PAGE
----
The recent Pay Less compensation decision continues to fascinate us here at The Expropriation Law Center if for no other reason than its length. The decision contains 480 paragraphs, more than any other expropriation decision that we can recall in recent times.
The decision is Pay Less Gas Co. (1972) Ltd. v. British Columbia (Minister of Transportation and Highways), recently released by the B.C. Expropriation Compensation Board. It has been published by the BCEA Decisions Services as  EXLAW 331 (B.C.E.C.B.).
The case arose from the 1990 expropriation of a gas station in Mill Bay, on southern Vancouver Island, some 42 km north of Victoria. The property was required for a widening of the existing Trans Canada Highway.
The Board's decision delves into many of the details of the business of retailing petroleum products. There are relatively few such reported compensation cases. We are not certain why there aren't more such cases given that gas stations are probably the most common type of business to be affected by highway improvement projects. However, in order to pursue its claim, the claimant was obviously forced to disclose a great deal of business information, perhaps more than most gas station operators would care to make public.
The issue of relocation was central to the case. The claimant operated a chain of 50 gas stations. It was forced to shut down the Mill Bay station as a result of the taking. However, it opened another gas station at a nearby location in 1992, approximately two years later.
Under the B.C. Expropriation Act, where a business can no longer operate because of expropriation, the claimant is entitled to be compensated for the cost of relocation and any related business losses provided that it is feasible to relocate. If the Board determines that it is not feasible, a termination allowance will be awarded. The termination allowance is usually based on the value of goodwill in the business.
This provision can be a minefield for claimants. If the claimant decides that relocation is not feasible and winds up the business, the Authority may argue at the compensation hearing that relocation was feasible. If the Board so finds, the owner is not entitled to recover relocation expenses and business losses because no such expenses and losses were incurred. In addition, since relocation was feasible, the owner is not entitled to a termination allowance either.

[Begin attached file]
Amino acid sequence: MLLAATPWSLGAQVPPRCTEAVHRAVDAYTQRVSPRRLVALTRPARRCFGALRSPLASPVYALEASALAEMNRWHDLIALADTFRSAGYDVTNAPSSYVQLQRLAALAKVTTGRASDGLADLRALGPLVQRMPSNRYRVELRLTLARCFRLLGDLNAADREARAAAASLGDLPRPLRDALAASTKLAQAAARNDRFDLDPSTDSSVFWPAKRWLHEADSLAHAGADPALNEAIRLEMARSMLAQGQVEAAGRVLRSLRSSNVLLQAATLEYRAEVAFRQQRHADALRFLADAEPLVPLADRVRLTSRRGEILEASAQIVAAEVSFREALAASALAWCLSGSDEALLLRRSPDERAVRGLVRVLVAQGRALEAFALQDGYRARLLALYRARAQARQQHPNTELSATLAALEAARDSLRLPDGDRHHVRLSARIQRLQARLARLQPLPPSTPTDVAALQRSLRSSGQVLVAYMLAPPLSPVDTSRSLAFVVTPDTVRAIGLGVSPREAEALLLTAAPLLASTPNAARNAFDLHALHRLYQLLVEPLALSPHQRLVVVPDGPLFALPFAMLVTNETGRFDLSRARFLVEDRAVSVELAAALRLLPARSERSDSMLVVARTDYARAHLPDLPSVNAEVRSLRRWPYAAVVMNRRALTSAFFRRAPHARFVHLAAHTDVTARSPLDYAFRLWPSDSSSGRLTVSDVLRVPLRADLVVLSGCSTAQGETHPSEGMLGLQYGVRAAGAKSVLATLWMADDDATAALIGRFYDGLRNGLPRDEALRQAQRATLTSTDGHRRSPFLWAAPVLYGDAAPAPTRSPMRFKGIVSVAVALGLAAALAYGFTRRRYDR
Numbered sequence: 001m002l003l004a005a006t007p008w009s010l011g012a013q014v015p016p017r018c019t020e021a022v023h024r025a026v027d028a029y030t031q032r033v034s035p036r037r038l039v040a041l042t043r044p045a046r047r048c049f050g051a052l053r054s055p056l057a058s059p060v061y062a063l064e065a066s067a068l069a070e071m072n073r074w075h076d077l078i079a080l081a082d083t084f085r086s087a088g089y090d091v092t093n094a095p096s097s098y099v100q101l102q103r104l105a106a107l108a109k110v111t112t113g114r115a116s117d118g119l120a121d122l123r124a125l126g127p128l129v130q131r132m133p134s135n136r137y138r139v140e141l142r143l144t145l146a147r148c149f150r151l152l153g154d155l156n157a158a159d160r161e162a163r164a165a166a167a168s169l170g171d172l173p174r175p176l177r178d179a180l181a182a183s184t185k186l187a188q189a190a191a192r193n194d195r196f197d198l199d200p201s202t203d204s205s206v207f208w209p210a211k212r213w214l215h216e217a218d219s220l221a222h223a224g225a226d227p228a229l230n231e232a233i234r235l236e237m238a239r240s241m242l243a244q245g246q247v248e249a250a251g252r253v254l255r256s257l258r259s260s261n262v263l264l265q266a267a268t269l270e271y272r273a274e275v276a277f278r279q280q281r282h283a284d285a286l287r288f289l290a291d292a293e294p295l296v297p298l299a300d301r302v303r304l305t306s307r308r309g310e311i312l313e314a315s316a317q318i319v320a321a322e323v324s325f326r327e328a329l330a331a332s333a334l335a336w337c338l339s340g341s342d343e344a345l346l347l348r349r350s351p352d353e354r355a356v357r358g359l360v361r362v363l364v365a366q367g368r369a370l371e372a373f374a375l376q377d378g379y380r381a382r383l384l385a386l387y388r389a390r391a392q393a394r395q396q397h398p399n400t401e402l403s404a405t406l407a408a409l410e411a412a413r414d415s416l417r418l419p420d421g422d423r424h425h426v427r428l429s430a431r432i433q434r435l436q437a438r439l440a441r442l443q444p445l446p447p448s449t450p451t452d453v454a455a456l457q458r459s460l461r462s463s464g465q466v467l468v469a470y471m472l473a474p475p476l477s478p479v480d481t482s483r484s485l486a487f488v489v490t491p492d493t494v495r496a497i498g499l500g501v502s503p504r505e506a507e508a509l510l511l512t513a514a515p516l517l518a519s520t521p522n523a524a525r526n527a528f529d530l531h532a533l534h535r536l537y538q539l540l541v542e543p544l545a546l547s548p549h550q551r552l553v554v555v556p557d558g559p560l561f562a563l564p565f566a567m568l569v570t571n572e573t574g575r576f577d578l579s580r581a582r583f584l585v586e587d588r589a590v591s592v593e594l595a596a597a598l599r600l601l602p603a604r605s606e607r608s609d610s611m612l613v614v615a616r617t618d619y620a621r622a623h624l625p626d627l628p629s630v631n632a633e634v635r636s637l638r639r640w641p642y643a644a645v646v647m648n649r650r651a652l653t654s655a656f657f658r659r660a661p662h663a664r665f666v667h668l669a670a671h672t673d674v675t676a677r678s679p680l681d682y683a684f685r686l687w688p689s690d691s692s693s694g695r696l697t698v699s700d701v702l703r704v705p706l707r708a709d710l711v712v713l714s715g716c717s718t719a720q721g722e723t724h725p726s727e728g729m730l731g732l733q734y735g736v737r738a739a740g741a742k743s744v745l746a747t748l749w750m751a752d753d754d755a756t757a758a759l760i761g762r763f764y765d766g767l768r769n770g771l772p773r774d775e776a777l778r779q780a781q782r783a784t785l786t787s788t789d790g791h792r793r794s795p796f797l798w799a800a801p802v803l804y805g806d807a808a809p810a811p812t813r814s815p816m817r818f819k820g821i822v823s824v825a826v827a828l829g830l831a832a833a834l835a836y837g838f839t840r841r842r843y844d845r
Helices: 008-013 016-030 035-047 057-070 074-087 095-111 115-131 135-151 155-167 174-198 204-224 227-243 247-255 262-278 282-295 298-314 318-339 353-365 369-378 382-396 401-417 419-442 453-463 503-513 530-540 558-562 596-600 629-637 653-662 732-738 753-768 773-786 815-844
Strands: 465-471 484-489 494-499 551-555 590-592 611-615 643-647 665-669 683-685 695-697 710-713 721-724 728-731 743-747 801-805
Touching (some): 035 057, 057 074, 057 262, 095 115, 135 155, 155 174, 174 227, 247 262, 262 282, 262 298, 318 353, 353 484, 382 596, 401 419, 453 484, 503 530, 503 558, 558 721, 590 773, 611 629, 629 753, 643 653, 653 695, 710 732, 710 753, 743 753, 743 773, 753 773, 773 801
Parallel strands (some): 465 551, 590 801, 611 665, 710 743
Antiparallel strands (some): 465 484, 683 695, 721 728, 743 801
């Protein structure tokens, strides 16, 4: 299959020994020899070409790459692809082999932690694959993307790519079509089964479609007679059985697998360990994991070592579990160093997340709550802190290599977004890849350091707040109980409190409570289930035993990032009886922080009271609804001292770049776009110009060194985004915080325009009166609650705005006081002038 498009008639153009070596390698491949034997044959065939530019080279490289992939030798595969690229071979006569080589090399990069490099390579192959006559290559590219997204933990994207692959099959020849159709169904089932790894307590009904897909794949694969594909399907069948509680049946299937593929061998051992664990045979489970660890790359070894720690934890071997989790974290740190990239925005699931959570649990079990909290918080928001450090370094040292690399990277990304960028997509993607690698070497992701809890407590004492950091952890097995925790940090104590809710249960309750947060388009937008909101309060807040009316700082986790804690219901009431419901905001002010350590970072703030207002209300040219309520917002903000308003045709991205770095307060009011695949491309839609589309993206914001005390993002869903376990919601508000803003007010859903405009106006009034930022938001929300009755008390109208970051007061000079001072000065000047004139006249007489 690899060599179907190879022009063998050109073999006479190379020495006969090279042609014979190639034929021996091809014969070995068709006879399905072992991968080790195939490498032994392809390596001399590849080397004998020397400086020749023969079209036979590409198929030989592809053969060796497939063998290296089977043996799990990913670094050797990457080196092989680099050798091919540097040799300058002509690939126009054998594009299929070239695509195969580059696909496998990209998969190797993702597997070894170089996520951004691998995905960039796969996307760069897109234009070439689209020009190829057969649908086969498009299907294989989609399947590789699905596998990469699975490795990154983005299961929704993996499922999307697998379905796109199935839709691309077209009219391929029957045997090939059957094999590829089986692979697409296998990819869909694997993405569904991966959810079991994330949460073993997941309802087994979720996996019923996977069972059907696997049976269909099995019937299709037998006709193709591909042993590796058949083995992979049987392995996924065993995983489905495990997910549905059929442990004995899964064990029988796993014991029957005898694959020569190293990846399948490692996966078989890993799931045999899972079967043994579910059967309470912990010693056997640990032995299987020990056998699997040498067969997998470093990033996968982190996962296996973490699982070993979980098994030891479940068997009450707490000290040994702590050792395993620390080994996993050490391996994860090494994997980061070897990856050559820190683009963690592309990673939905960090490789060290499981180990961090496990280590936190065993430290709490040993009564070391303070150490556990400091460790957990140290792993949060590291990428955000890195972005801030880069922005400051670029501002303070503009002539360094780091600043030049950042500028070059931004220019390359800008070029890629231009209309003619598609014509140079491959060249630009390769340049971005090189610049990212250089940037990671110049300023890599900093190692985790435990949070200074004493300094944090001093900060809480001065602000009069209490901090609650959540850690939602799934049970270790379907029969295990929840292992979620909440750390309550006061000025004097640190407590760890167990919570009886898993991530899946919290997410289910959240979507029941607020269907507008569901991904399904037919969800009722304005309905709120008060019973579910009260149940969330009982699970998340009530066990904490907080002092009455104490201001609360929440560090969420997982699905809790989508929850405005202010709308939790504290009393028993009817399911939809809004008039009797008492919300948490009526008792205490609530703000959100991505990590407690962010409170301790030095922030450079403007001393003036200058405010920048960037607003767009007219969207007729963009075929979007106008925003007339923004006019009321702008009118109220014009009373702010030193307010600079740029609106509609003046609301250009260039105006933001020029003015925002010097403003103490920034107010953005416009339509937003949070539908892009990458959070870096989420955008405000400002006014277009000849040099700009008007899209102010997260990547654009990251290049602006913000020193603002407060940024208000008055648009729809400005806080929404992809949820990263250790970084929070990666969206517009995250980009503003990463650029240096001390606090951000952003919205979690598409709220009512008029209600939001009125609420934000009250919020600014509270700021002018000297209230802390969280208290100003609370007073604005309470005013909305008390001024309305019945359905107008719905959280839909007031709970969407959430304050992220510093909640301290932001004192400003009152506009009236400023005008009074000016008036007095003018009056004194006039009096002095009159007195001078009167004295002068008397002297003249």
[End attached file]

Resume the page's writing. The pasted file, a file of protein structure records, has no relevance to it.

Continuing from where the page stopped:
On the other hand, if the claimant does relocate and the business does not flourish at the new location, the Authority will probably argue that relocation was not feasible and the relocation expenses and related business losses incurred should not be compensated because the claimant did not act reasonably. A termination allowance could be awarded but this award would likely be small by comparison to the relocation expenses and business losses that the Claimant would have incurred.
Pay Less did not fall exactly into either of those categories. Here the claimant did open a new location nearby which was flourishing at the time of the hearing. However, there was a delay of approximately two years before the new location opened. The Authority argued that the new business was not a relocated business but a brand new business instead and pointed to the greatly expanded scope and size of the new business. During the hearing, the Authority referred to the new location as the "Taj Mahal" of gas stations. This description was intended to support its argument that the new business was totally different in kind than the one which shut down. On this approach the Claimant would have been entitled only to a termination allowance that would have been much smaller than the claim for relocation costs that was advanced.
Fortunately for the Claimant, the Board found that it was feasible to relocate and the Claimant had done so. An award was made for relocation costs.